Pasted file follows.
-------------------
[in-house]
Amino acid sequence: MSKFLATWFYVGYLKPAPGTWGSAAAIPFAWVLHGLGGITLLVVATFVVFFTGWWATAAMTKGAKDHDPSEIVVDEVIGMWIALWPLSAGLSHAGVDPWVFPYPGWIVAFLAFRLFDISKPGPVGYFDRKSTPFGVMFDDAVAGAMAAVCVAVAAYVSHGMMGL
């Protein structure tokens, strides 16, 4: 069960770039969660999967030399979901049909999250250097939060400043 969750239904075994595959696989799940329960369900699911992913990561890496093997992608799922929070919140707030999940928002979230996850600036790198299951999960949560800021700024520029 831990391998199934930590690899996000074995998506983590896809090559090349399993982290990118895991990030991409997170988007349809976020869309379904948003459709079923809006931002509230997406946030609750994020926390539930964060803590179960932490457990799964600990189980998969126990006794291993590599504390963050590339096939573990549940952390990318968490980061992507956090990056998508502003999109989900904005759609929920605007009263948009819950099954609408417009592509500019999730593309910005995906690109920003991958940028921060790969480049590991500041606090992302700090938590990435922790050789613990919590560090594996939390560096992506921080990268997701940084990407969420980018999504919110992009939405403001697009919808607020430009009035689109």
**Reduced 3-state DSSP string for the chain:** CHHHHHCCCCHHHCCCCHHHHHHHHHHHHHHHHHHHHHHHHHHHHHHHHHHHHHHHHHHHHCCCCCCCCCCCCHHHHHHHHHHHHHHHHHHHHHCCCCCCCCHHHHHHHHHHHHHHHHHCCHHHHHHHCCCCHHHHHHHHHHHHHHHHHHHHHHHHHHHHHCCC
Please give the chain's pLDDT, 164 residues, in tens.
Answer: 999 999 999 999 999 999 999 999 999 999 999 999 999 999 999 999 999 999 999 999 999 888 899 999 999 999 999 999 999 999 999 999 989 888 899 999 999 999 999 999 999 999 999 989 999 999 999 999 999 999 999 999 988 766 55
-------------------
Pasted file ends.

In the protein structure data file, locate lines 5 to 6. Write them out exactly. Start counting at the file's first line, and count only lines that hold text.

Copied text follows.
Please give the chain's pLDDT, 164 residues, in tens.
Answer: 999 999 999 999 999 999 999 999 999 999 999 999 999 999 999 999 999 999 999 999 999 888 899 999 999 999 999 999 999 999 999 999 989 888 899 999 999 999 999 999 999 999 999 989 999 999 999 999 999 999 999 999 988 766 55